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Grégoire Rousseau takes on president’s role at Taking Root

Taking Root’s new president is a man with a mission.

“I believe in our work and I want to see more of it,” says Jean-Benoît (J.B.) Grégoire Rousseau, who switched chairs from director-at-large to Taking Root’s board president earlier this summer.

Grégoire Rousseau describes the switch as “more continuation than change” because board leadership at Taking Root is shared, and not concentrated in one position.

He has been involved with Taking Root since he “fell in love with the people and the work they were doing” while volunteering on a committee four years ago. (During the day he is an Associate Partner at McKinsey & Company, a global management-consulting firm.)

He says his priorities as president are the same as they were when he was a director. “I want us to scale up – but without losing any of the ‘magic,’ “ he said. “And I want to see us extend our impact by sharing our expertise and our technology with other groups involved in non-profit tropical reforestation.”

When he looks at Taking Root programs in Nicaragua he sees a “triple impact:” every project restores local ecosystems, restores economic autonomy in local communities and restores the global atmosphere by pulling carbon from the air.

“There is no compromise,” he said. Taking Root is raising the bar globally by showing the world you can do all three and you can do it all the time.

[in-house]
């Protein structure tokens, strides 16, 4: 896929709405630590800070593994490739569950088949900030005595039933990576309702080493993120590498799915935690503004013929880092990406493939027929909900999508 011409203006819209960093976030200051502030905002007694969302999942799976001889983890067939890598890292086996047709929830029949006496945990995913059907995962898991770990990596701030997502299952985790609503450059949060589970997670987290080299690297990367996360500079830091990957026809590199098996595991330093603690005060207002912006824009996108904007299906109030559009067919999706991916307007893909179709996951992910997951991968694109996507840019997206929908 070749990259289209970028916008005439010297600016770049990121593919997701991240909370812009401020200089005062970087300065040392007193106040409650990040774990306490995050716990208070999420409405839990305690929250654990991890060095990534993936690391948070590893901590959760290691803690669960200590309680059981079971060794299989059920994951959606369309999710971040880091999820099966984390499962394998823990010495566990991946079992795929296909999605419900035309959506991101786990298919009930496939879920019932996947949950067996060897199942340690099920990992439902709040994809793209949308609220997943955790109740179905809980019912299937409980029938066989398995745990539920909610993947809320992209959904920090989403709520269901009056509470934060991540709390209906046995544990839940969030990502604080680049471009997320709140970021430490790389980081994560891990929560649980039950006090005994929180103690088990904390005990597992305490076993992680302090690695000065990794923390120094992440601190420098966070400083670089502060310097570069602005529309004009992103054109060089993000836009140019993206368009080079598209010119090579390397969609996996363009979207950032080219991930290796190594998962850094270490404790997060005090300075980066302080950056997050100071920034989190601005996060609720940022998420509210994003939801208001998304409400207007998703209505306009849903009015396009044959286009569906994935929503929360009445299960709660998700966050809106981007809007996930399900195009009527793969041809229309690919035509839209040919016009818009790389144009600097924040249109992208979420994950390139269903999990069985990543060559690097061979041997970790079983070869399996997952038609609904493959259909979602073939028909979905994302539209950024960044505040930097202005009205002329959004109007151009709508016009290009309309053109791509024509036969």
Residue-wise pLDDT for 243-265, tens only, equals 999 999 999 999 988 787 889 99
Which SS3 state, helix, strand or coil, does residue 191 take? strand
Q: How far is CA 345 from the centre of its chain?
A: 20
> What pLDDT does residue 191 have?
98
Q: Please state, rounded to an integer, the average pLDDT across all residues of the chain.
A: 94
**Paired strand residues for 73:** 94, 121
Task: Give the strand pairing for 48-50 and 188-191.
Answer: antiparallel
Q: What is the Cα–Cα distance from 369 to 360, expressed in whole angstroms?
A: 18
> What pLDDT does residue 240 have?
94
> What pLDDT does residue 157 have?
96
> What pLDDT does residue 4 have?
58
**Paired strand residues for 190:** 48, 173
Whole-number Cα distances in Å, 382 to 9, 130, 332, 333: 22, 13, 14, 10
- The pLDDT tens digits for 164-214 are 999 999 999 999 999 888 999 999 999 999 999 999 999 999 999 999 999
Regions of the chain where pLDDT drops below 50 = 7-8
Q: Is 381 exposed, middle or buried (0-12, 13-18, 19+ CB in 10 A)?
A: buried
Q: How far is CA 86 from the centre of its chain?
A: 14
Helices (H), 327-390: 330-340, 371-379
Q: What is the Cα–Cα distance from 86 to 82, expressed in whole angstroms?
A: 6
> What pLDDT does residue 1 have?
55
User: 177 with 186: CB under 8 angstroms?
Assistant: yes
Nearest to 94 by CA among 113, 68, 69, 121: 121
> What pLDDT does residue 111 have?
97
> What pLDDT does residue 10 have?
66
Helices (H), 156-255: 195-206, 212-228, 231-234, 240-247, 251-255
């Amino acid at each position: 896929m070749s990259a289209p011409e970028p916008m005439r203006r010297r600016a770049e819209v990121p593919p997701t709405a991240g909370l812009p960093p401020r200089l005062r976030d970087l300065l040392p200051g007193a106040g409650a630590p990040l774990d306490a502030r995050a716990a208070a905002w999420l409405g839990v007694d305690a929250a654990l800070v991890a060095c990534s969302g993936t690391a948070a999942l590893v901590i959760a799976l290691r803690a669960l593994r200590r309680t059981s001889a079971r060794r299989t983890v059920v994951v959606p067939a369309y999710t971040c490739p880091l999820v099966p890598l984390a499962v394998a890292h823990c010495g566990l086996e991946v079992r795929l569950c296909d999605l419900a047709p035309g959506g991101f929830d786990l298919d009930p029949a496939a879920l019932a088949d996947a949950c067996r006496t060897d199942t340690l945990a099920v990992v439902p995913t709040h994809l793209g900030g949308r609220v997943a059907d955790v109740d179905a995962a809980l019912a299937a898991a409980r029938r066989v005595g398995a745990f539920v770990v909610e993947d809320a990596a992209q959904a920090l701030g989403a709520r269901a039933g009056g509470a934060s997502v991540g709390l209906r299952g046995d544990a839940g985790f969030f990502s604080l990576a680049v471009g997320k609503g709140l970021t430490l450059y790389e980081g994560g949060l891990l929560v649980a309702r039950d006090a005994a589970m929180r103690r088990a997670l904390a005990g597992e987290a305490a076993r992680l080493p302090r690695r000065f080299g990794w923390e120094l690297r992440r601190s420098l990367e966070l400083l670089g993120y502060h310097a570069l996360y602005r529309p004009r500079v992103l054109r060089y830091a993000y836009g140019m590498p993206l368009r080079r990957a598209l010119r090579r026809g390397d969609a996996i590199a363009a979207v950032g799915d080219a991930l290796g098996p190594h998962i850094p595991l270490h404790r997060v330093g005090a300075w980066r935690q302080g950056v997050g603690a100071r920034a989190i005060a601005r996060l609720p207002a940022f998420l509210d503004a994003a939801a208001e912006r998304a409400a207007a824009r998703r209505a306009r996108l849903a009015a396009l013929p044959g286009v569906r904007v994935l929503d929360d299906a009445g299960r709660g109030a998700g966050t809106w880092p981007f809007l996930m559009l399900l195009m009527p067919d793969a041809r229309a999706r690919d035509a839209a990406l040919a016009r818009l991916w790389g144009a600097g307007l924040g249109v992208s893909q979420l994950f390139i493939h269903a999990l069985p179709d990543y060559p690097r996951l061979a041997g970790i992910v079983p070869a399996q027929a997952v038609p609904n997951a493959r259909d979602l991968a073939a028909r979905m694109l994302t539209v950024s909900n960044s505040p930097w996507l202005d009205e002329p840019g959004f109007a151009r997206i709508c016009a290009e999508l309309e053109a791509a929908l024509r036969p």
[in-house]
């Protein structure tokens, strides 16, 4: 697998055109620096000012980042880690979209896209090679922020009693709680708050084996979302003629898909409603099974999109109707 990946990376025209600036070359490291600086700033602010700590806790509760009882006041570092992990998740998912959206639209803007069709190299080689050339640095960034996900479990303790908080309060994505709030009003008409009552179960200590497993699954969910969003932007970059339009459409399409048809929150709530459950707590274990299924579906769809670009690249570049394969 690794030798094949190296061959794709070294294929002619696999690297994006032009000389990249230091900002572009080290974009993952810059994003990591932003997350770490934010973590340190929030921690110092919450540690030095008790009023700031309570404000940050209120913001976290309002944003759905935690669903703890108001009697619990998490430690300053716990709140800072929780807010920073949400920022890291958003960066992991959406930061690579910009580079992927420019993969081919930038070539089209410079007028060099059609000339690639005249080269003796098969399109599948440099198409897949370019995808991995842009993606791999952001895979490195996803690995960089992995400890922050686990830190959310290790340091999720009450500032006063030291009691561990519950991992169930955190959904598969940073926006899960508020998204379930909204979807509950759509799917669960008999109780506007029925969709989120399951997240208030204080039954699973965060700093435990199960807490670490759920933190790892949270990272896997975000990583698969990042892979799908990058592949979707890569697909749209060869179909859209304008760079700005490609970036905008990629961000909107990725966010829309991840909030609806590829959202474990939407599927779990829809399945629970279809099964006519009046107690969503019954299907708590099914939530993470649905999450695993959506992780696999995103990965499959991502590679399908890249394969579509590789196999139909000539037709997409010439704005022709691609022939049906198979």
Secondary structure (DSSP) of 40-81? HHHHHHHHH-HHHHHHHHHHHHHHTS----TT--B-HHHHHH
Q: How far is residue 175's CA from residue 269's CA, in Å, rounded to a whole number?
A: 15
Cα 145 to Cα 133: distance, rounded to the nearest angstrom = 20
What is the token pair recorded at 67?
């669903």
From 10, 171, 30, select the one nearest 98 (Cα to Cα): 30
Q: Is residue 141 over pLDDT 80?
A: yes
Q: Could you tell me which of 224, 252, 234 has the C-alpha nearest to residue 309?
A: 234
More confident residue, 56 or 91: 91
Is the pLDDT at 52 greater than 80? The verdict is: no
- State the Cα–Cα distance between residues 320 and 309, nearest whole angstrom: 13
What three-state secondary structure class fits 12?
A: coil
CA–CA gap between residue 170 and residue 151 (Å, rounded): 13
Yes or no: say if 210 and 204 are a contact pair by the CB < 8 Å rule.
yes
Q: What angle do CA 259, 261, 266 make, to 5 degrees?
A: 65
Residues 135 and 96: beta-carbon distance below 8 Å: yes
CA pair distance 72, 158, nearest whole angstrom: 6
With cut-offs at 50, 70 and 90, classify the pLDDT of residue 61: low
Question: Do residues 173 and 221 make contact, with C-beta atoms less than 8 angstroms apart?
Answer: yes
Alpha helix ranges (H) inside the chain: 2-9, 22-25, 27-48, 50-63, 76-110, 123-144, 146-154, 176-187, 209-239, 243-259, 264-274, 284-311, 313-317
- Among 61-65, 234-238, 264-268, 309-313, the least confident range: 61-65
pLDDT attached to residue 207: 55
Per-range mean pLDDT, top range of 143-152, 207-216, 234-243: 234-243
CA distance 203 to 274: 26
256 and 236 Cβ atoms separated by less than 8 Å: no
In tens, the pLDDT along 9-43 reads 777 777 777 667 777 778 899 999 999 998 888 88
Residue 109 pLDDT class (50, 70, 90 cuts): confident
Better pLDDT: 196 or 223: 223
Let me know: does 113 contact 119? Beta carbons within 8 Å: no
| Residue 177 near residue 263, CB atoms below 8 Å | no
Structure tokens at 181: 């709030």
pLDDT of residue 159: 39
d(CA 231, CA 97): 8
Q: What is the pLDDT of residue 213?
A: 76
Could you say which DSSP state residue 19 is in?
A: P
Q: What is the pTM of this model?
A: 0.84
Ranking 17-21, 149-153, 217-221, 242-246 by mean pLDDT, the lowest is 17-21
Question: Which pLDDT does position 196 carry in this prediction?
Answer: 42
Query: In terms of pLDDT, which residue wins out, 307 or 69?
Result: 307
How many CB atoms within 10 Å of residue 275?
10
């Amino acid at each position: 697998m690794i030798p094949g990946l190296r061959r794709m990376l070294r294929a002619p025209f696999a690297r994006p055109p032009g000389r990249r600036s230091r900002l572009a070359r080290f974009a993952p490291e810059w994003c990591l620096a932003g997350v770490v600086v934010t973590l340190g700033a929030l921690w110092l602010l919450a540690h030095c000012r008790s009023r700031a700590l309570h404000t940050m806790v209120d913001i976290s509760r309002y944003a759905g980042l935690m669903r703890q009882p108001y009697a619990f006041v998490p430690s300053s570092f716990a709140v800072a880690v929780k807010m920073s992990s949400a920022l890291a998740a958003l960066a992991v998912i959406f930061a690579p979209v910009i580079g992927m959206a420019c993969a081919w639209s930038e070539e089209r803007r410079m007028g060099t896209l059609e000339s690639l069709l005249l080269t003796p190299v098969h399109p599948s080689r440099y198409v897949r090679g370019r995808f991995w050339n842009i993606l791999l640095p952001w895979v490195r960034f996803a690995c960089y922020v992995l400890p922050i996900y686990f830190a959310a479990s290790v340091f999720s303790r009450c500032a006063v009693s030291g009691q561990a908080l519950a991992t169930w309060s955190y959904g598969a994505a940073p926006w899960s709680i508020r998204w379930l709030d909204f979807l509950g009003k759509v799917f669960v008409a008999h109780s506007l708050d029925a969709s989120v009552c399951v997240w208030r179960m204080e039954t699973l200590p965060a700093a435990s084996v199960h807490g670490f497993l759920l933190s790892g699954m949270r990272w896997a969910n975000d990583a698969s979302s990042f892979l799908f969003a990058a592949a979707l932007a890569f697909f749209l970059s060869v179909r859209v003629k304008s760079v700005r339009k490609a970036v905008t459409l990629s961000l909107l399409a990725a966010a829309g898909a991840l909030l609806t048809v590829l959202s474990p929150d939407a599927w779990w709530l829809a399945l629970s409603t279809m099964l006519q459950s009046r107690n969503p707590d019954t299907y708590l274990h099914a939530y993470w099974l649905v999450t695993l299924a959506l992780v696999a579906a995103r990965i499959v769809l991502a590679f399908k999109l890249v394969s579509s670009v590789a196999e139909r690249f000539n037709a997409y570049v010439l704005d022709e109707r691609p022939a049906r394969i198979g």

“That’s why I want to see more of it – it may sound a bit like a cliché but when these programs work well they really do help the world become a better place.”

He said the board and senior staff are looking at several options for extending the impact of the Taking Root model. “We can take a look at getting active in other parts of Nicaragua or elsewhere in the world,” he said. “Another option is to innovate and find ways to extend the life of our projects.

“We can also look for ways to teach other non-profit groups how to be successful with our model,” he said. “That success is a direct result of our management approach and our values and our technology and our forestry science. If someone else has the right values and the right sense of mission, we can teach them the rest, and that’s a very effective way of expanding our impact and our reach.”

Grégoire Rousseau said the board’s most important challenge over the next couple of years is figuring the most effective tactics for extending their impact, and then “making it happen.”

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